Nicholas of Japan

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St. Nicholas, equal to the Apostles and enlightener of Japan
Our father among the saints Nicholas of Japan, Equal to the Apostles (August 1, 1836 – February 3, 1912), brought Orthodoxy to Japan. He was sent to Japan as a missionary by the Church of Russia. He worked tirelessly among the Japanese people and established there the Church of Japan. His feast day is February 3.


Early Life

Nicholas was born Ivan Kasatkin in Berezovsky village, Volsk district, in the province of Smolensk. There his father, Dmitri, served as a deacon. When the child was five, his mother died. The deacon’s family was big and very poor. Despite that young Ivan was sent to the Belsk Theological School and later to the Smolensk Theological Seminary.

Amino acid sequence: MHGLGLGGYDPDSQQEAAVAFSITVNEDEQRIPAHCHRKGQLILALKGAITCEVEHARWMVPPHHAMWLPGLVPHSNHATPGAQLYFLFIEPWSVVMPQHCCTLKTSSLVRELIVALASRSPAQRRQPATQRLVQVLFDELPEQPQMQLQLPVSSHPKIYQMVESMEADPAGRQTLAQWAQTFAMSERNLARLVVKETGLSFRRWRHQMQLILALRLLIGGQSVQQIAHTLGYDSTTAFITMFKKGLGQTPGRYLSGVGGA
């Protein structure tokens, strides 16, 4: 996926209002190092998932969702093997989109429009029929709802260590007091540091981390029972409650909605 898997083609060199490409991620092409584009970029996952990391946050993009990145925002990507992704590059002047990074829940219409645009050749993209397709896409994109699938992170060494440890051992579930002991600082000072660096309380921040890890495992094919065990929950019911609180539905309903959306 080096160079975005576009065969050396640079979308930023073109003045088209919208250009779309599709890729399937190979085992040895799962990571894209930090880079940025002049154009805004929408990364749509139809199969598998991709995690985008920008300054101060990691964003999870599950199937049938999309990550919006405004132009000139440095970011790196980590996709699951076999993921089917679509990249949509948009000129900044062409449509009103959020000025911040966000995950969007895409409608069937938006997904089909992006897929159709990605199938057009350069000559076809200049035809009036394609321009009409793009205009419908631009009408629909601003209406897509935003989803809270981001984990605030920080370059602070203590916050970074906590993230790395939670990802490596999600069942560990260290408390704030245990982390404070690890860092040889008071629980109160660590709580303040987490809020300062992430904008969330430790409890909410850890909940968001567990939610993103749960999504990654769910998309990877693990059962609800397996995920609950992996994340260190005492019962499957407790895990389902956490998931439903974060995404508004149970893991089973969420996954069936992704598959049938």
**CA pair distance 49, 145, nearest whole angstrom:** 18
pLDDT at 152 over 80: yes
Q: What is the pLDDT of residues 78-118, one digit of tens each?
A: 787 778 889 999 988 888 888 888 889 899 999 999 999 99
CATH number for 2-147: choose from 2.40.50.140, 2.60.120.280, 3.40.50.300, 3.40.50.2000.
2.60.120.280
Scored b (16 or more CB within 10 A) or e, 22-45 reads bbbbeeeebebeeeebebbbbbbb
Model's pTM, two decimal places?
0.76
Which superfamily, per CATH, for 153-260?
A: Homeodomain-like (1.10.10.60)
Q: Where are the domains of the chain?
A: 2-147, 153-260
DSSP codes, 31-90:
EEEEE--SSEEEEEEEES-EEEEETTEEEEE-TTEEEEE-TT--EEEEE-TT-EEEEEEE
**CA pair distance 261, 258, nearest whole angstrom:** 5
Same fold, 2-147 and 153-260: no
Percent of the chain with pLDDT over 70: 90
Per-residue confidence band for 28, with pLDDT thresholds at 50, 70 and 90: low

In 1857, Ivan, one of the best students, was sent to study in the St. Petersburg Theological Academy, where he demonstrated remarkable talents. When Ivan was about to finish his studies, his future mission, to preach the Orthodox faith in Japan, was revealed by Divine Providence.

The Russian consul in Japan sent a request to the Holy Synod (later forwarded to the Academy), asking for a pastor “who would be useful both as a spiritual director and a scholar and whose private life would give a good idea of our clergy not only to Japanese, but also to foreigners.